• Raw honey — Raw honey contains beneficial enzymes, antioxidants, iron, zinc, potassium, calcium, phosphorous, vitamin B6, riboflavin and niacin. It’s relatively low on the glycemic index and can provide benefits such as supporting skin health and immune function.
  • Stevia — This plant contains stevioside, an element in the leaves that makes it more than 200 times as sweet as sugar. It’s available in several forms, has zero calories, zero carbohydrates, and is ideal for diabetics or dieters.
  • Monk fruit — This plant contains compounds that, when extracted, provide 300–400 times the sweetness of cane sugar, however it contains no actual sugar or calories and has no effect on blood sugar.
  • Organic blackstrap molasses — It’s a good source of copper, calcium, iron, potassium, manganese, selenium and vitamin B6, although it does affect blood sugar levels and contains calories.
  • Coconut sugar — It’s made by extracting sap from the blooms of the coconut and then heated. It contains polyphenols, iron, zinc, calcium, potassium, antioxidants, phosphorous and other phytonutrients.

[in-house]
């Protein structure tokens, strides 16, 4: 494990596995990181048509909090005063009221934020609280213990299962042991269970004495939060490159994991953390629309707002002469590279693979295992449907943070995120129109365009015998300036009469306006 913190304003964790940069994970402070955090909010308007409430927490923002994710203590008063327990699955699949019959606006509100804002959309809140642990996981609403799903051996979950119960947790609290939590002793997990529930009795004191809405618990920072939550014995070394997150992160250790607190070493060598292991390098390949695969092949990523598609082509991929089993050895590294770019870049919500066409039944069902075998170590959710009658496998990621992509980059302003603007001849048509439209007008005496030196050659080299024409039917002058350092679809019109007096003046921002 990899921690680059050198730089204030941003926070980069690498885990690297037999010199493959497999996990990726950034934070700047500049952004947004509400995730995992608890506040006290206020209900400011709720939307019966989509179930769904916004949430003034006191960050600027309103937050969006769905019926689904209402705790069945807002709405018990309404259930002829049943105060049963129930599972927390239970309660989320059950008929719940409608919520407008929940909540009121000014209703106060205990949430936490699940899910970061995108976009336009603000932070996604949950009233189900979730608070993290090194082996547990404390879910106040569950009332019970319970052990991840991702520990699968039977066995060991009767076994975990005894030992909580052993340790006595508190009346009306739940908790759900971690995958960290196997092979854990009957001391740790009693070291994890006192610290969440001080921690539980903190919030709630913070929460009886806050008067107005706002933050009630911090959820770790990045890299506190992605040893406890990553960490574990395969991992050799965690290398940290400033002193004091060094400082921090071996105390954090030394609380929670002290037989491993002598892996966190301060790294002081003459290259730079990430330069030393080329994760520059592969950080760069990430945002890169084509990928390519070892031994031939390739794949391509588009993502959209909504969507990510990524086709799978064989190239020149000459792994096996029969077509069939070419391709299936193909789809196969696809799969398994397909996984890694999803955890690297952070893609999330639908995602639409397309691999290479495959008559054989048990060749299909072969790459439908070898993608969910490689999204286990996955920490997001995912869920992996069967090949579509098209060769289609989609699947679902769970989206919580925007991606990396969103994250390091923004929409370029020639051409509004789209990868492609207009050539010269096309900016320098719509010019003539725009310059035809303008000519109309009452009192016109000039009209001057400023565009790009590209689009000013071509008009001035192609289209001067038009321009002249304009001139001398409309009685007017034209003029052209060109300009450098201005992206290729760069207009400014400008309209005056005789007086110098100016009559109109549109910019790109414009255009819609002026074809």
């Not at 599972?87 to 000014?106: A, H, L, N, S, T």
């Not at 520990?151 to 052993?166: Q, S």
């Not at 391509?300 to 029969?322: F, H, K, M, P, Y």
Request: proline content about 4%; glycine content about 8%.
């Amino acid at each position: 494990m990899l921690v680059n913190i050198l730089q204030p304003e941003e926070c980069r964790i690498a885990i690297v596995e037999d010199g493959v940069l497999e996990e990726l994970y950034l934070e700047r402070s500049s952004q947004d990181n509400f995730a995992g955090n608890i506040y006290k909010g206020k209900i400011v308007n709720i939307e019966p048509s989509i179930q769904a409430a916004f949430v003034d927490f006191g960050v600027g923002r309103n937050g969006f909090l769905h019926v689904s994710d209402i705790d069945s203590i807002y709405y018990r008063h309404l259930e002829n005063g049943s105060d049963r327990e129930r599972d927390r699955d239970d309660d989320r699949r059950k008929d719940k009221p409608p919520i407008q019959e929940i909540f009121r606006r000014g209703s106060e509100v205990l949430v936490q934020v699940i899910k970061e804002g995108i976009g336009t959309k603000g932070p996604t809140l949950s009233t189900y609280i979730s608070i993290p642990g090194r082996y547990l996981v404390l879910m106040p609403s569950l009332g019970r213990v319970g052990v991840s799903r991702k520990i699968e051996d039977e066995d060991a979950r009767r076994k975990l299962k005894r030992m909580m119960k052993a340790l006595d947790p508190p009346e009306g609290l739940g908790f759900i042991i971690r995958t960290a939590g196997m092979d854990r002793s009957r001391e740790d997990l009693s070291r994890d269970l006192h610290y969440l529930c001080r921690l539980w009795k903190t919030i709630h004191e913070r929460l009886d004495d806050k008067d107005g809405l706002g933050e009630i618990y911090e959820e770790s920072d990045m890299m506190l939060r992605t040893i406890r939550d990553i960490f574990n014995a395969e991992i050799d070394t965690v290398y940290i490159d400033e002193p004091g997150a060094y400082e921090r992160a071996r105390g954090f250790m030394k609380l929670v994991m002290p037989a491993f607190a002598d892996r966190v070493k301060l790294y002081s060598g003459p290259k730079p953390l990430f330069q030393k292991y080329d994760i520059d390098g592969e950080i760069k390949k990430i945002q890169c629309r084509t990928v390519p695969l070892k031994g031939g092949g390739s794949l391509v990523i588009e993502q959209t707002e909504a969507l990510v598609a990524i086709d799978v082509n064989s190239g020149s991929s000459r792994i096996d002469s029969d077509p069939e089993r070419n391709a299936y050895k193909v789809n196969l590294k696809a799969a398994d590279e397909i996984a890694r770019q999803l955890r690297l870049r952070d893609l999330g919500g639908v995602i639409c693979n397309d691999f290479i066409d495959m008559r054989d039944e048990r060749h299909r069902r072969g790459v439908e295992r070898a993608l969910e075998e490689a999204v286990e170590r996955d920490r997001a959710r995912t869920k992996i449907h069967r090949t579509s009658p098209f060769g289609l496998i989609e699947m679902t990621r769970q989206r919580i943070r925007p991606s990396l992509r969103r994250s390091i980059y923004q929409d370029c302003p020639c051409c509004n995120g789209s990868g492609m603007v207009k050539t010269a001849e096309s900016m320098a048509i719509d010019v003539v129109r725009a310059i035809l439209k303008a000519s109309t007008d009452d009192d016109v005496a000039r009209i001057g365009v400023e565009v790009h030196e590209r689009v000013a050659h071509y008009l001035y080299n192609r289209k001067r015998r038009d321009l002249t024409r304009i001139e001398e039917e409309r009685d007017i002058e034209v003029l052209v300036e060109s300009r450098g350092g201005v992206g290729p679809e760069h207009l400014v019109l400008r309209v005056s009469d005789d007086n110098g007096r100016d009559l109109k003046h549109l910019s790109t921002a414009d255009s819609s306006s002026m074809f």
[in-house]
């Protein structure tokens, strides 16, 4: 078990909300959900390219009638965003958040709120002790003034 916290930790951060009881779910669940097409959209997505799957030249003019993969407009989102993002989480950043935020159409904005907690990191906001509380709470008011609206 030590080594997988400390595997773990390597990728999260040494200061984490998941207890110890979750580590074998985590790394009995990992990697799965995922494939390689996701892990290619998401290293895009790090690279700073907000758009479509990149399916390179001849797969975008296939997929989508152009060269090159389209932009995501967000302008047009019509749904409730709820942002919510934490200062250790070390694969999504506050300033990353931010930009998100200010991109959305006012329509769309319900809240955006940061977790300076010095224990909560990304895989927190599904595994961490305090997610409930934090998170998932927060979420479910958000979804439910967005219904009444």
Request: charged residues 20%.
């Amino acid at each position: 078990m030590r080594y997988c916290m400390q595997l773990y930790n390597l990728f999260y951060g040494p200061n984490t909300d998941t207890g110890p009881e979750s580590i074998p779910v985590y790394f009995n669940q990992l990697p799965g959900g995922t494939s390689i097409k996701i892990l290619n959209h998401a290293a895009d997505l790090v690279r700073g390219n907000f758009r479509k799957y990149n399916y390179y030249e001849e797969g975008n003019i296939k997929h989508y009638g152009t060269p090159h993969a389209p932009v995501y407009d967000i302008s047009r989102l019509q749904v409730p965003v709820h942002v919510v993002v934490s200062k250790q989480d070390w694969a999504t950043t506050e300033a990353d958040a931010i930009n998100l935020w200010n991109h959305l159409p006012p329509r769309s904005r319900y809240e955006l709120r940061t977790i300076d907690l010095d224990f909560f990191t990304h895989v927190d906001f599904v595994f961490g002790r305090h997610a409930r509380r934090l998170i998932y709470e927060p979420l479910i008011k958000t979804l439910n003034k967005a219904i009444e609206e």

• Sugar alcohols — This group includes xylitol, erythritol and mannitol, among others. While these naturally occur in some foods and plants like berries, seaweeds, pineapples, olives, asparagus and sweet potatoes, they are isolated and made in a lab. Most have a similar sweet taste as sugar and are mostly non-caloric or very low in calories. They also do not raise blood sugar levels like regular sugar does, but they can be hard for some people to digest.


  • Cane sugar is defined as “sugar obtained from sugar cane.” Sugar cane (or sugarcane, which has the genus name Saccharum) refers to several species and hybrids of tall perennial grasses in the Andropogoneae plant family.
  • Is cane sugar healthy? Overall, it’s not that much different from regular white sugar, although it’s less processed. It’s still relatively high in “empty calories” and lacking nutrients.
  • What’s the difference between cane sugar and white sugar? Conventional white sugar (or refined sugar, granulated sugar or table sugar) is made from re-melting single crystallization sugar (organic cane sugar) and refining it to remove all traces of molasses and mineral. It’s then re-crystallized to form pure sucrose. The two have the same amount of calories and carbs and are used mostly interchangeably.
  • While sugar may help improve the taste and shelf life of some foods, some healthier alternatives can include raw honey, stevia extract, sugar alcohols and monk fruit.